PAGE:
If North's trump Ace does drop on the second trick, Declarer ( after regaining the lead) can draw the last remaining enemy trump with his King.


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BR 17.5 - Duck to Develop an extra trick in a Suit

You are in a No Trump contract and hold seven Diamonds headed by the Ace and King, and divided 4-3. If the Opponent's Diamonds break 3-3 you can make three tricks in this suit.
However if you play the Ace and King on the first two rounds, and on leading for the third time you find Opponents' Diamonds break 4-2 instead, they will immediately win two Diamond tricks.

It is once again all about timing and about keeping control. Of the first three rounds in Diamonds you will win two tricks and the Opponents always one.

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For the first trick lead a small Diamond and duck in Dummy. This forces the enemy to win the first trick at once.

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When you have regained the lead, play Dummy's Ace and King of Diamonds. If the Opponents Diamonds do break 3-3 you can immediately cash your third Diamond trick. But if they break 4-2 instead, you can stop after playing the Ace and King and still maintain the lead.
The Opponent holding the 4th Diamond will now only make that trick if he gains the lead through an other suit.


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BR 17.6 - The Throw In using a Side suit loser

In a throw in play you lead a sure loser, forcing the opponets to win the trick and lead to the next trick. You usually do this in an end play where all the enemy lead options will provide you with an extra trick.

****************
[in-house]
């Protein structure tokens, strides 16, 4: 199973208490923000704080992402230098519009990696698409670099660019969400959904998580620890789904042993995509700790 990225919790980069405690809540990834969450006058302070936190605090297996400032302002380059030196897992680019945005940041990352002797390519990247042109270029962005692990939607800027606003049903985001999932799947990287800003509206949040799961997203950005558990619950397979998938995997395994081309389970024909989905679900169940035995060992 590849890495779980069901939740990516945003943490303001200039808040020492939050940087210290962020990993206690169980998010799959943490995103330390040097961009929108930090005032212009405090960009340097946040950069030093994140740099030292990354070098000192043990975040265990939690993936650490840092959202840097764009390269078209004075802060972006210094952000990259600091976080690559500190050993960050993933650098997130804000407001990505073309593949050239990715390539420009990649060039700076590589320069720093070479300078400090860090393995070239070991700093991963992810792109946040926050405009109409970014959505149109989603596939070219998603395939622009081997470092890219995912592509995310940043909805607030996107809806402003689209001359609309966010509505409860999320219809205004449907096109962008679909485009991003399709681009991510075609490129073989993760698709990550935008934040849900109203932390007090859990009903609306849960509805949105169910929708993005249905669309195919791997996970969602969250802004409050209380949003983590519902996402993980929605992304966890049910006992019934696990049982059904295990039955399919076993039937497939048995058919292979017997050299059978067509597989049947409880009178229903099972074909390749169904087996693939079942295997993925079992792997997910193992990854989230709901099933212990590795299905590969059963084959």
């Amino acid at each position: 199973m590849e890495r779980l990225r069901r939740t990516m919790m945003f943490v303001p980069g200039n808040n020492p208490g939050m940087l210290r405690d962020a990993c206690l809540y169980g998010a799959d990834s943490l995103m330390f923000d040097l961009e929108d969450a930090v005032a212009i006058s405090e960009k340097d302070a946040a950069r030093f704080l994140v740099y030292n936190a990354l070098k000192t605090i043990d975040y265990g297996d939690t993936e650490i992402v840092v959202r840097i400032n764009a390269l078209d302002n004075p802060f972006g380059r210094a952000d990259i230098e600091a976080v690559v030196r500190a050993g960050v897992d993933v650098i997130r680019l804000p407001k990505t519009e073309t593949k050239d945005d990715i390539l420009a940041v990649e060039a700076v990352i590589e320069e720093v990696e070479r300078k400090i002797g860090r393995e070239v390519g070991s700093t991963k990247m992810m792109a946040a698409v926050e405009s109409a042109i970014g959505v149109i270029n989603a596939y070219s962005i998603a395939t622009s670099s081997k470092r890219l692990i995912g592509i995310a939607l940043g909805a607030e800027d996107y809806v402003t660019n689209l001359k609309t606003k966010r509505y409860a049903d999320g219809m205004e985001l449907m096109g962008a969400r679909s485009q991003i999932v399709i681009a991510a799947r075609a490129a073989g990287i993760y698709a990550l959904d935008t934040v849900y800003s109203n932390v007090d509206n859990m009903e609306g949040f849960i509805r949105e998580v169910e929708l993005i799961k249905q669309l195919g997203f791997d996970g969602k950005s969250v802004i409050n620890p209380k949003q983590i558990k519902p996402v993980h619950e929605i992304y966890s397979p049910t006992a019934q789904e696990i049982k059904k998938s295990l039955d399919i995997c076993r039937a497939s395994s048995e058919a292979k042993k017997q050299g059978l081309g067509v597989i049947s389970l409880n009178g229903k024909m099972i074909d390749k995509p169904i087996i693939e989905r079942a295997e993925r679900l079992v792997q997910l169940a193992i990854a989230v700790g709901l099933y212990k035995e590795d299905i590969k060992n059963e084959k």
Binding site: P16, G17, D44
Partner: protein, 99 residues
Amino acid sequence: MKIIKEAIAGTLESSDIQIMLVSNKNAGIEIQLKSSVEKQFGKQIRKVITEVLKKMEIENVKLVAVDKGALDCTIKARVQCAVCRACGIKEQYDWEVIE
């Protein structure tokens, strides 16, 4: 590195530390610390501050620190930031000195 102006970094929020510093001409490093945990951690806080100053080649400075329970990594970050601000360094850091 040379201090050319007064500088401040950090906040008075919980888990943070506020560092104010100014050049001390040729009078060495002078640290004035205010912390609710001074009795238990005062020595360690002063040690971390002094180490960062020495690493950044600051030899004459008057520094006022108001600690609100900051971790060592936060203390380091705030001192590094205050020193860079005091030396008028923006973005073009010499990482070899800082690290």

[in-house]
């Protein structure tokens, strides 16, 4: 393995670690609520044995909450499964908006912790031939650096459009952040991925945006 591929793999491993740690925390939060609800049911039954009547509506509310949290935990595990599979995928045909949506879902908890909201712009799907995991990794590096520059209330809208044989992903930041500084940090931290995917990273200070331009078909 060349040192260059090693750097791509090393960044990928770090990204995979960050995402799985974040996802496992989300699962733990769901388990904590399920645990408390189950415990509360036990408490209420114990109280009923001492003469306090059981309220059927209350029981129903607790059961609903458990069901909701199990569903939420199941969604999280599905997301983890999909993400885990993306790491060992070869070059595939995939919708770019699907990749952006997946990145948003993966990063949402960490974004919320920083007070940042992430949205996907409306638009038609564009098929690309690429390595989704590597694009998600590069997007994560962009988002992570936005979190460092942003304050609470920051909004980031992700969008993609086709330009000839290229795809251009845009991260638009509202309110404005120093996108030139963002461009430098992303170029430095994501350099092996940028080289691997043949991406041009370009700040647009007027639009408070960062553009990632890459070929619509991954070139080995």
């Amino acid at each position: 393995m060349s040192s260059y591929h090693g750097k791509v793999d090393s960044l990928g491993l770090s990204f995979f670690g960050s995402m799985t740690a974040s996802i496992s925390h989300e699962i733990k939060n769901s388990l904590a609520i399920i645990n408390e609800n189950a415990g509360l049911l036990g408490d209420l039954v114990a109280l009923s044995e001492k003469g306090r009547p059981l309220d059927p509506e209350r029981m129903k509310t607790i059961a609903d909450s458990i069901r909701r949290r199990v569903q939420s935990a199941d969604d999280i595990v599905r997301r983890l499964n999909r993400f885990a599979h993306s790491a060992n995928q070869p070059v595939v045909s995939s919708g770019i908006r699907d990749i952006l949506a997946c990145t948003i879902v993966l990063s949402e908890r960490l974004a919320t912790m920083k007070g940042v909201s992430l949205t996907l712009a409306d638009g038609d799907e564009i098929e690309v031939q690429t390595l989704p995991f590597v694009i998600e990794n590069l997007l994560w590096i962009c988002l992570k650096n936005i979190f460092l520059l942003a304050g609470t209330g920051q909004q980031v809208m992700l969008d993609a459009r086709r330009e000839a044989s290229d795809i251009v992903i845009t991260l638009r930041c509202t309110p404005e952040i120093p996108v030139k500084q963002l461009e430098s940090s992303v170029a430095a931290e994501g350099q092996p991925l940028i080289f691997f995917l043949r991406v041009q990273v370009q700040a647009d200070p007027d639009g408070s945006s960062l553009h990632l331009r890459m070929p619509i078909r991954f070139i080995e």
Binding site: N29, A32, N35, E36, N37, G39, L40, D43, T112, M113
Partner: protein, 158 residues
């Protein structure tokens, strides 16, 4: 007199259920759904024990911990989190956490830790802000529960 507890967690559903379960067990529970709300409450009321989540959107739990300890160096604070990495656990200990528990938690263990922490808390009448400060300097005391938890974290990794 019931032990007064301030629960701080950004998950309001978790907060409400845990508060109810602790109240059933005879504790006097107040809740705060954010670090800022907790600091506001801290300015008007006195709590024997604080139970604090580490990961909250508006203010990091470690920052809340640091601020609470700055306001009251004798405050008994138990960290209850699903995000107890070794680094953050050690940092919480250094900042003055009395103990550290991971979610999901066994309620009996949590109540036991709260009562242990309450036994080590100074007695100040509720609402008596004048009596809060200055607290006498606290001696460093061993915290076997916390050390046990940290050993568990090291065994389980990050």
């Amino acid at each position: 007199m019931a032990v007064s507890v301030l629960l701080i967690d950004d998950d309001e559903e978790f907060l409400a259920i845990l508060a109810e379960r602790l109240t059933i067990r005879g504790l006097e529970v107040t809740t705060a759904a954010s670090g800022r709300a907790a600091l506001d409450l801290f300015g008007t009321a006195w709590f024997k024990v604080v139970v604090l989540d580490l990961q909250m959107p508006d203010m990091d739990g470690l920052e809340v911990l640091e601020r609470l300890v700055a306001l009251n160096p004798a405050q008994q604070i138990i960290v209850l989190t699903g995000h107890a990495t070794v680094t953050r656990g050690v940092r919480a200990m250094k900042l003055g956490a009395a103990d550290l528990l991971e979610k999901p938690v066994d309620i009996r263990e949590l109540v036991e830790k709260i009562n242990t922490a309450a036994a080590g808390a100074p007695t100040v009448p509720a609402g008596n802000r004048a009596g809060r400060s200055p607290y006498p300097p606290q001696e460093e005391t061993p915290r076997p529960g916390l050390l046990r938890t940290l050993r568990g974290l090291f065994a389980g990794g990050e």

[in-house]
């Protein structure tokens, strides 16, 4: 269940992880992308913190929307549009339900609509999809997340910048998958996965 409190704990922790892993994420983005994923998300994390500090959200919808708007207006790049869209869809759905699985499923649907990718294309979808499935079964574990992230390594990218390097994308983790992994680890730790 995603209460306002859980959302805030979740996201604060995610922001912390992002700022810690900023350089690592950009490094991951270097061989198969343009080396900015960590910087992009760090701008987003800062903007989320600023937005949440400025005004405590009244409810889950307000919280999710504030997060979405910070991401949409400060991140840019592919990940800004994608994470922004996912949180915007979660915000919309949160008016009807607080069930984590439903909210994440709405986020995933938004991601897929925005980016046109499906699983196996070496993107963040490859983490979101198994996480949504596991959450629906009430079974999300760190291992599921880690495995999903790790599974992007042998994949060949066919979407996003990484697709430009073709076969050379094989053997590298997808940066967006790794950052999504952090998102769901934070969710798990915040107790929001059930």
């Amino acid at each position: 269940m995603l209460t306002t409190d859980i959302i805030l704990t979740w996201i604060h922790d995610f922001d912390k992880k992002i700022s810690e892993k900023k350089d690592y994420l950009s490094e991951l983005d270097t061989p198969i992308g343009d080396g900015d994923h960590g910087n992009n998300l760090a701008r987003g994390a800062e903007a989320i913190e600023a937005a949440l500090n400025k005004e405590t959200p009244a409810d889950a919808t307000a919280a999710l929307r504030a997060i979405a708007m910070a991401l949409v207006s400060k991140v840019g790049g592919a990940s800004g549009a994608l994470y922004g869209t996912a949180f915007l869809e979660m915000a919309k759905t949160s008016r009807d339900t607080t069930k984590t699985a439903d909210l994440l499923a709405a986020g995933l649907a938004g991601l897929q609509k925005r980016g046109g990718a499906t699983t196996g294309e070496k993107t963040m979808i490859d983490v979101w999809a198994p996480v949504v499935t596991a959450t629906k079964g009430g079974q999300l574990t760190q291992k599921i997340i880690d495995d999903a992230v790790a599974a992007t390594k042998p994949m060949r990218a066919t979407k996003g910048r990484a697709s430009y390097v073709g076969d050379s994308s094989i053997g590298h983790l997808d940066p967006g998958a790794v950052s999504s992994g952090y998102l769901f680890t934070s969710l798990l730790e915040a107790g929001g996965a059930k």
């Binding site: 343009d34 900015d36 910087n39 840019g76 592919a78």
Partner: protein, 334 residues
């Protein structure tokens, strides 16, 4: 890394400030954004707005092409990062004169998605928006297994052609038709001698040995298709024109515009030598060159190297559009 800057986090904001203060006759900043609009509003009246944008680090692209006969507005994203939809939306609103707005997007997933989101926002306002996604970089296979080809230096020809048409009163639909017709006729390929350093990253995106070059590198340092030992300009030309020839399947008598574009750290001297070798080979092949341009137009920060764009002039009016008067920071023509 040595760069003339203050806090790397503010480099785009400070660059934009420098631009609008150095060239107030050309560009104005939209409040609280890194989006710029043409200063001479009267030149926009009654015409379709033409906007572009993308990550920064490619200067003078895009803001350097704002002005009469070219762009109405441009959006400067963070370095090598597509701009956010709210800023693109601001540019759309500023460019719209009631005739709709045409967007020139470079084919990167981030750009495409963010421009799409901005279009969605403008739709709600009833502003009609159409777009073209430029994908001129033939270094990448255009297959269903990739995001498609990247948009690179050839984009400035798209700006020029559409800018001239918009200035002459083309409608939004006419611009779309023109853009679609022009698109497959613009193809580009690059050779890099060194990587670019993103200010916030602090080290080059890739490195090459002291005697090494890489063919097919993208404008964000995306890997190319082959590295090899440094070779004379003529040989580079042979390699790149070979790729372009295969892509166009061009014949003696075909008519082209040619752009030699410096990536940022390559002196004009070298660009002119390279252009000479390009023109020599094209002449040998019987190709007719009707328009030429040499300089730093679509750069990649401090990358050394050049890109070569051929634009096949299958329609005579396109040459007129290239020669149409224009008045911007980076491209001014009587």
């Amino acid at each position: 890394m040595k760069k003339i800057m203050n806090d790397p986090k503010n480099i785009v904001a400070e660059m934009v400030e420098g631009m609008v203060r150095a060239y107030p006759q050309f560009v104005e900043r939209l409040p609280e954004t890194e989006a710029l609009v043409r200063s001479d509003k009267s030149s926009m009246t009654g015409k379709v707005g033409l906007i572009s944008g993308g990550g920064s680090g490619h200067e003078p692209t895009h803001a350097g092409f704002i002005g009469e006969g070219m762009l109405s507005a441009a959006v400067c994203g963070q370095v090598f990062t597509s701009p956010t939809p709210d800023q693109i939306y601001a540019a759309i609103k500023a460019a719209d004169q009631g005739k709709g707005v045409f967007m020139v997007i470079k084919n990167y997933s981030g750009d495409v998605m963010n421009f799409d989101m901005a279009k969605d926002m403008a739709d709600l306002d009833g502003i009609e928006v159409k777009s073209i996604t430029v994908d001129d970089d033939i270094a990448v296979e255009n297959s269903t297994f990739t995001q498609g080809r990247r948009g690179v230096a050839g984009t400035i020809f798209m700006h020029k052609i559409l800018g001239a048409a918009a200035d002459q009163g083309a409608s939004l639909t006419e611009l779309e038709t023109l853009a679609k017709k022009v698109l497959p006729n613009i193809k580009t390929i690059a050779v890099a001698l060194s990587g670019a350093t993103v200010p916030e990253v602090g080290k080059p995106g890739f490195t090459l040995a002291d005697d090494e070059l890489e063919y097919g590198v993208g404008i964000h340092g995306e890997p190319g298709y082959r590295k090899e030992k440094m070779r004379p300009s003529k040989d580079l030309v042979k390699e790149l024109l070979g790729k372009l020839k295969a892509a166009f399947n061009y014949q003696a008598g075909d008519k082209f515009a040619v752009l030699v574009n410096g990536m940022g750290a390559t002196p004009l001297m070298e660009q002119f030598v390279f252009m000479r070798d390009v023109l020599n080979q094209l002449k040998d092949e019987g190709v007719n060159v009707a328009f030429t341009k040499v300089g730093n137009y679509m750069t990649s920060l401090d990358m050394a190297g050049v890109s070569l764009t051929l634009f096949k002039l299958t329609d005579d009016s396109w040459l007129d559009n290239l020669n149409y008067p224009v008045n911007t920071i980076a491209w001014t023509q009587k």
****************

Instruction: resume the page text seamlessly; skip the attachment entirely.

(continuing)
A throw in is, you might say, a duck in reverse.

  • In a duck you play your loser(s) in a suit first and then play your winners.

  • In a throw in you play your sure winners in the suit first (if you have any) and then at the end play your losing card.

  • But both plays have in common that they deliberately give the lead away to the Opponents.
The throw in and end play technique is especially useful in trump contracts where Opponents usually are forced to give you either a free finesse or a ruff and discard ("ruff and sluff").
The end play consists of two phases :
  1. Stripping all the cards from your safe side suits, and then

  2. throw in the Opponents by leading one of your sure losers

In the Deal shown below you are in a 4S contract, but can count 4 possible losers. One in Hearts and three in Clubs.
If you start leading the Clubs yourself you are most likely to lose all three tricks, but if the Opponents lead it instead, one trick for you is assured no matter what.

Declarer
- Q 10 7 4
- A 3
- Q J 7 6
- J 8 4
Dummy
- A K J 9
- 9 5
- A K 8 4
- Q 7 3

Declarer wins the Heart King opening lead with his Ace, then plays three rounds of Spades, drawing all the enemy trumps.

Declarer
- Q
- 3
- Q J 7 6
- J 8 4
Dummy
- 9
- 5
- A K 8 4
- Q 7 3

Declarer then proceeds to strip his safe Diamond side suit, by cashing his four Diamond winners.

Declarer
- Q
- 3 (follow suit)

-
- J 8 4
Dummy
- 9
- 5 (lead)

-
- Q 7 3

The scene is now set for the throw in
The small Heart loser is lead (from either hand) playing low in both hands. This gives the lead to (no matter which) one of the Opponents.

Declarer
- Q
-
-
- J 8 4
Dummy
- 9
-
-
- Q 7 3

The Opponents now face a stark choice. They are end played.
  1. They can either lead another Heart (they have no Spades or Diamonds left), giving Declarer a ruff in one hand and a Club discard in the other (ruff and sluff).

  2. Or lead a Club. Declarer and Dummy must both play LOW to the first trick (assuming Opponents play their A or K), and one Club trick is assured.


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BR 17.7 - Deals 57 to 60

Deals 57 to 60 are examples of play as outlined in this lesson.


BR 17.8 - Quiz 17 - Answers - Review

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Copyright © 2006 Michael Furstner (Jazclass). All rights reserved.